Data sovereignty: Up in the clouds

Grazed from TheInterpreter. Author: Philippa Nicole Barr.

The surprise recent decision of the European Court of Justice to make Google responsible for removing search result information demonstrates the ambiguous sovereignty of online data. In recent years there has been a trend toward de-territorialisation of business and government operations, storing data and operations in an online cloud so it can be accessed by partners at multiple locations in one country or internationally.

Yet the easy technical passage across international borders is met by regulatory complexities. A company with data in the cloud is subject both to the laws of the nation hosting the server and to their own local laws regarding how that data should be protected, leading to a potential conflict of laws over data sovereignty...

Dealing with data sovereignty issues and the Cloud

Grazed from ComputerWorld. Author: Randall Jackson.

The issue of data sovereignty is starting to drive business decision making with regard to data held in the cloud, according to New Zealand email security and hosting company SMX. SMX co-founder and chief technology officer, Thom Hooker, said government organisations are particularly sensitive about the sovereignty issue, which is a driver behind SMX’s high uptake among government and local government organisations.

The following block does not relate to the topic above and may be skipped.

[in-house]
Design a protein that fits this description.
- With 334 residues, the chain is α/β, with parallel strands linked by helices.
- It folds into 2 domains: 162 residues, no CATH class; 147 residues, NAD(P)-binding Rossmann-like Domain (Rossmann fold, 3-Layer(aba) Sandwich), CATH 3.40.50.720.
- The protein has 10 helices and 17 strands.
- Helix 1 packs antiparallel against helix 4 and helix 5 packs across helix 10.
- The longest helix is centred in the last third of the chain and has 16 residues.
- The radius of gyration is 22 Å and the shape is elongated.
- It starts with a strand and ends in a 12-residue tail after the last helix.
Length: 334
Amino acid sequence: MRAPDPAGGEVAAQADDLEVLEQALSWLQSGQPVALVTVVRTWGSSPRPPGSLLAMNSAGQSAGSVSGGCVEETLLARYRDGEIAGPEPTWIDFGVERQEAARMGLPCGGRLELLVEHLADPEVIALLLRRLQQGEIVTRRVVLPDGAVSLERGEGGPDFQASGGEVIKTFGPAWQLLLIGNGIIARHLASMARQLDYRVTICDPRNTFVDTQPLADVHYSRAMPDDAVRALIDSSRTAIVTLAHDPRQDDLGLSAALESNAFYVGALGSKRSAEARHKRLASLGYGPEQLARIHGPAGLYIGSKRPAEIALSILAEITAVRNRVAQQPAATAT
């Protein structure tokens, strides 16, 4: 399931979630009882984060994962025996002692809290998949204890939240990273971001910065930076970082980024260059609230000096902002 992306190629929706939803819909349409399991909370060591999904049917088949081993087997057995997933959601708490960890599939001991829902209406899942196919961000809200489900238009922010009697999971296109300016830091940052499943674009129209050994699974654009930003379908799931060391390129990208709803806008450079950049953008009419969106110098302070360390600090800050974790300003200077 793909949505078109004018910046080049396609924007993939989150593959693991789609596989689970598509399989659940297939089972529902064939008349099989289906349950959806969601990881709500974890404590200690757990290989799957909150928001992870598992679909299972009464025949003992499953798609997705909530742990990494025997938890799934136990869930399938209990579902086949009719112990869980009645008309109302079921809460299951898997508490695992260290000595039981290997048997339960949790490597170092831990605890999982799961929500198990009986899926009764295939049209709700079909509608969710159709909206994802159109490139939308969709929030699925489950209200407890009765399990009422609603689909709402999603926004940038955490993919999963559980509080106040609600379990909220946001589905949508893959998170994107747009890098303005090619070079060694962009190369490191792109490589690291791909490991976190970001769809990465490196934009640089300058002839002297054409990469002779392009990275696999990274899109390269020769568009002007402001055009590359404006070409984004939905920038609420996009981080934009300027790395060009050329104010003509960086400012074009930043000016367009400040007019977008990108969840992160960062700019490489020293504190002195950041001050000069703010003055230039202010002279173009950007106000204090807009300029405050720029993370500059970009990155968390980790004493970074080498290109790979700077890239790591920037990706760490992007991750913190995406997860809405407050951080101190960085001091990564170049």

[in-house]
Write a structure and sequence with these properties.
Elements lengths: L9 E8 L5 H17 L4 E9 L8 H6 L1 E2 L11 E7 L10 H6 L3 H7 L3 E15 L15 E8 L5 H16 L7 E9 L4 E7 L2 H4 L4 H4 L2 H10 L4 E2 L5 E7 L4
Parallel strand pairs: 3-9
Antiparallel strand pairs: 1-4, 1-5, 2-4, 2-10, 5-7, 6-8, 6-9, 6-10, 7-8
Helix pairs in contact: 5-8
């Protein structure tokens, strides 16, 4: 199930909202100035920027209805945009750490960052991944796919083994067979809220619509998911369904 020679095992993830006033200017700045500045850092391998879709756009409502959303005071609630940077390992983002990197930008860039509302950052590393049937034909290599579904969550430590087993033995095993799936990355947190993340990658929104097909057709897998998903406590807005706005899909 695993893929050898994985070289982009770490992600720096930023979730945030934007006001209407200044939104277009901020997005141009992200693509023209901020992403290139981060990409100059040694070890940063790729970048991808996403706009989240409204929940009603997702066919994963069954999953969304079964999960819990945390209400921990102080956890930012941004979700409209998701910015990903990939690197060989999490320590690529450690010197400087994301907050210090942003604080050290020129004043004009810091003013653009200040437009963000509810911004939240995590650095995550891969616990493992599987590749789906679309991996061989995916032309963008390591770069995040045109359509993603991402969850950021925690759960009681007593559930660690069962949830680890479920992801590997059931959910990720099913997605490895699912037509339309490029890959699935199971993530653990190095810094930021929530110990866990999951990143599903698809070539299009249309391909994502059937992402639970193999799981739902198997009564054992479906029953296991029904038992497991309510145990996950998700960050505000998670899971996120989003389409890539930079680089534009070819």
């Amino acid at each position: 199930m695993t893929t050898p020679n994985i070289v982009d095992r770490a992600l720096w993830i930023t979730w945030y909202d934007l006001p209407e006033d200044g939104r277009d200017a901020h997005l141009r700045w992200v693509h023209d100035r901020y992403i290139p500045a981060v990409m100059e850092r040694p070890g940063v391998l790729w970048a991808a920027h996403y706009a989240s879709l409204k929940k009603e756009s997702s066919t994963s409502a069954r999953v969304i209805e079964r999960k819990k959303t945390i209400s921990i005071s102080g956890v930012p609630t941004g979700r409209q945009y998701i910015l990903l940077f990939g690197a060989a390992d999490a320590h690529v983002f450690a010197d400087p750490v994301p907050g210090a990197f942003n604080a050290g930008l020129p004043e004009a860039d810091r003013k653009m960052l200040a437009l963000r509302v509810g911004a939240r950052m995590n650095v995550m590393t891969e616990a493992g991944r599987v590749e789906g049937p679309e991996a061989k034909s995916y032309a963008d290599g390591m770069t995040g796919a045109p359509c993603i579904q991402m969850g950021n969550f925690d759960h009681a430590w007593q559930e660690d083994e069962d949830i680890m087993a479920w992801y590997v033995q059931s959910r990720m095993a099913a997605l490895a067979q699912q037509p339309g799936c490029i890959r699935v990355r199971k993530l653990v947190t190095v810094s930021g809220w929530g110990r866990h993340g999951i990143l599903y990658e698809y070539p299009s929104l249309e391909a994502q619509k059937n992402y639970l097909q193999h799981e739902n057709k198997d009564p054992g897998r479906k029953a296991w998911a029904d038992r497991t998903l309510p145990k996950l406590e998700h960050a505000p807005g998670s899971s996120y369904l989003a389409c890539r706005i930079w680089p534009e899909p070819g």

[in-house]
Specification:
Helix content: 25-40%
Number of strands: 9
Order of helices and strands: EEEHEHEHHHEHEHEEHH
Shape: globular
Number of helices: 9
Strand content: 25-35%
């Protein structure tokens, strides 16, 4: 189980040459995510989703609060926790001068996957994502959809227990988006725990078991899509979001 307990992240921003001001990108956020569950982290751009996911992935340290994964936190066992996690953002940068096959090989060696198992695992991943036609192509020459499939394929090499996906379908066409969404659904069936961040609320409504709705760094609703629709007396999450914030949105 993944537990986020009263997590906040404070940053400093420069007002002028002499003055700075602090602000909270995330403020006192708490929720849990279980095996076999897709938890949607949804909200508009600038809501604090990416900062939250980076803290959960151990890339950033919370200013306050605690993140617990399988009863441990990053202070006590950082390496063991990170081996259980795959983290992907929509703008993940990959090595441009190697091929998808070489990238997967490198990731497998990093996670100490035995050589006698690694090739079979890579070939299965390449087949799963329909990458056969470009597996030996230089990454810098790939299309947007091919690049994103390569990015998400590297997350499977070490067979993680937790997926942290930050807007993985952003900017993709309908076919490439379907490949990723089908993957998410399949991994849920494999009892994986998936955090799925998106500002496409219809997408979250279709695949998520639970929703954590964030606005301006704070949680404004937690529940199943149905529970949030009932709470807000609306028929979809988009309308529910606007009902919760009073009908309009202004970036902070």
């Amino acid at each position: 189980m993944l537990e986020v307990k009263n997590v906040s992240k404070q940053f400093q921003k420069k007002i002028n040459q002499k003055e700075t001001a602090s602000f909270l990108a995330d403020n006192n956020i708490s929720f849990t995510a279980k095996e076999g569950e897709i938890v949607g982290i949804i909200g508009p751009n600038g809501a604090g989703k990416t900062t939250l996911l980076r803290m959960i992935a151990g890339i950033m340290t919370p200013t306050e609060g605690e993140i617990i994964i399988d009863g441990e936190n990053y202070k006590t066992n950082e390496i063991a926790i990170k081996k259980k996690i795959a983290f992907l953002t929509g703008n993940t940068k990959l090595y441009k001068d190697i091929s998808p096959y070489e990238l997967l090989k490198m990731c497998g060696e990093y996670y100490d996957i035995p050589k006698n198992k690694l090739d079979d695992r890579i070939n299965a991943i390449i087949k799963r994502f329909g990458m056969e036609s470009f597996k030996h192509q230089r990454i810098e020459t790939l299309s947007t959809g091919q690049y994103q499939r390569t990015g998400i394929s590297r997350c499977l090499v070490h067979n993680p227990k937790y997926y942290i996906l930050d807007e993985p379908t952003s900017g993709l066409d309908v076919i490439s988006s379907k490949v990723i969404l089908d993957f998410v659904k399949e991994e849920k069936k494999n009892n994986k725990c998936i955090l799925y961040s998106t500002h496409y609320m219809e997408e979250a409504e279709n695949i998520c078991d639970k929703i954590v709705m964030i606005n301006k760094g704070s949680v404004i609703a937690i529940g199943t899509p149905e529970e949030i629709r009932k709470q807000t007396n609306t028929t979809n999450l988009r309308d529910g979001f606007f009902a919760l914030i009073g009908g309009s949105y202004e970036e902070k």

More than half of New Zealand’s local government organisations and around one third of the District Health Boards have now subscribed to SMX’s cloud service. Hooker said data sovereignty is an even more important issue nowadays as businesses begin to move mail servers to the Cloud...

Cloud Computing: Data sovereignty - Are you covered?

Grazed from HCAMag.  Author: Cameron Edmond.

Cloud computing and the opportunities that come with it have quickly swept through the business world, and most organisations wouldn’t be blamed if they weren’t quite sure where the path leads.

Although the concept of offshore data storage is anything but new, its recent proliferation has meant that an understanding of the laws and regulations involved may be further behind than anyone wants to admit...

Data sovereignty and security issues with the Cloud will be overcome in 2013: NetSuite

Grazed from ARN. Author: Patrick Budmar.

If NetSuite APAC managing director, Mark Troselj, were to sum up 2012, it was a year centred on the Cloud. And this is expected to continue well into next year. Or more accurately, the accelerated adoption of Cloud computing by multi-billion dollar enterprise companies, locally and globally. “We're already seeing this,” Troselj said, “and expect it to happen more in 2013.”

For Troselj, seeing major enterprises like the Commonwealth Bank of Australia openly declaring this year that Cloud computing saves it millions of dollars was proof of this. “Not to mention the bank denouncing traditional excuses for not adopting the cloud as ‘rubbish,’” he said...

Bank CIO dismisses security, data sovereignty as cloud barriers as 'Absolute garbage'

Grazed from ComputerWorld. Author: Rohan Pearce.

Commonwealth Bank CIO Michael Harte today told participants at a Sydney event organised by Amazon.com's cloud computing arm, Amazon Web Services (AWS), that data sovereignty and security have been used as unjustified excuses to stop businesses moving to the cloud.

"The favourite [excuses] I used to hear when I talked to the big household names in infrastructure equipment was, 'It doesn't look very secure Michael. You can't do that. And there's data sovereignty; you'd want to look very, very carefully at that. And this on-demand pricing — no we just can't do that we've got rules saying specifically we can't."...